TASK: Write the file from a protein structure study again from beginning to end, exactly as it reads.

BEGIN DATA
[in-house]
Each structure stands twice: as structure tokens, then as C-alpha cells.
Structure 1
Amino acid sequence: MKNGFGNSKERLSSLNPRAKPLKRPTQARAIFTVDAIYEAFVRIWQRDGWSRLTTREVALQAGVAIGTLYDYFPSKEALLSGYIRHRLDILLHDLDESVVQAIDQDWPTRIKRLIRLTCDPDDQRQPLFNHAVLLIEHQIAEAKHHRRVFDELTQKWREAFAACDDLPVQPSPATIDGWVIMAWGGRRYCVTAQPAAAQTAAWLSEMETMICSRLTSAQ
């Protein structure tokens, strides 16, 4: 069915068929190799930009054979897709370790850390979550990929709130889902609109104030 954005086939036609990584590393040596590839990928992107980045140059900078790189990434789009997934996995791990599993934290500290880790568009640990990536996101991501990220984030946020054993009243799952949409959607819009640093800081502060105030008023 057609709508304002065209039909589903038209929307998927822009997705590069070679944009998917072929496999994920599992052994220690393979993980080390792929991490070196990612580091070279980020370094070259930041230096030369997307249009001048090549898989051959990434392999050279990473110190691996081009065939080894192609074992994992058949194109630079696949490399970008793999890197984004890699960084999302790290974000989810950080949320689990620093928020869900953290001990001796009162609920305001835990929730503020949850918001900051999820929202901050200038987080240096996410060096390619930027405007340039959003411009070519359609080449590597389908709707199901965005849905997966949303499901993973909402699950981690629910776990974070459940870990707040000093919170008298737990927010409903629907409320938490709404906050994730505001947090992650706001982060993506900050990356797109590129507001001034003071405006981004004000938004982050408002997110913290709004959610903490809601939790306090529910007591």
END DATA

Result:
[in-house]
Each structure stands twice: as structure tokens, then as C-alpha cells.
Structure 1
Amino acid sequence: MKNGFGNSKERLSSLNPRAKPLKRPTQARAIFTVDAIYEAFVRIWQRDGWSRLTTREVALQAGVAIGTLYDYFPSKEALLSGYIRHRLDILLHDLDESVVQAIDQDWPTRIKRLIRLTCDPDDQRQPLFNHAVLLIEHQIAEAKHHRRVFDELTQKWREAFAACDDLPVQPSPATIDGWVIMAWGGRRYCVTAQPAAAQTAAWLSEMETMICSRLTSAQ
């Protein structure tokens, strides 16, 4: 069915068929190799930009054979897709370790850390979550990929709130889902609109104030 954005086939036609990584590393040596590839990928992107980045140059900078790189990434789009997934996995791990599993934290500290880790568009640990990536996101991501990220984030946020054993009243799952949409959607819009640093800081502060105030008023 057609709508304002065209039909589903038209929307998927822009997705590069070679944009998917072929496999994920599992052994220690393979993980080390792929991490070196990612580091070279980020370094070259930041230096030369997307249009001048090549898989051959990434392999050279990473110190691996081009065939080894192609074992994992058949194109630079696949490399970008793999890197984004890699960084999302790290974000989810950080949320689990620093928020869900953290001990001796009162609920305001835990929730503020949850918001900051999820929202901050200038987080240096996410060096390619930027405007340039959003411009070519359609080449590597389908709707199901965005849905997966949303499901993973909402699950981690629910776990974070459940870990707040000093919170008298737990927010409903629907409320938490709404906050994730505001947090992650706001982060993506900050990356797109590129507001001034003071405006981004004000938004982050408002997110913290709004959610903490809601939790306090529910007591």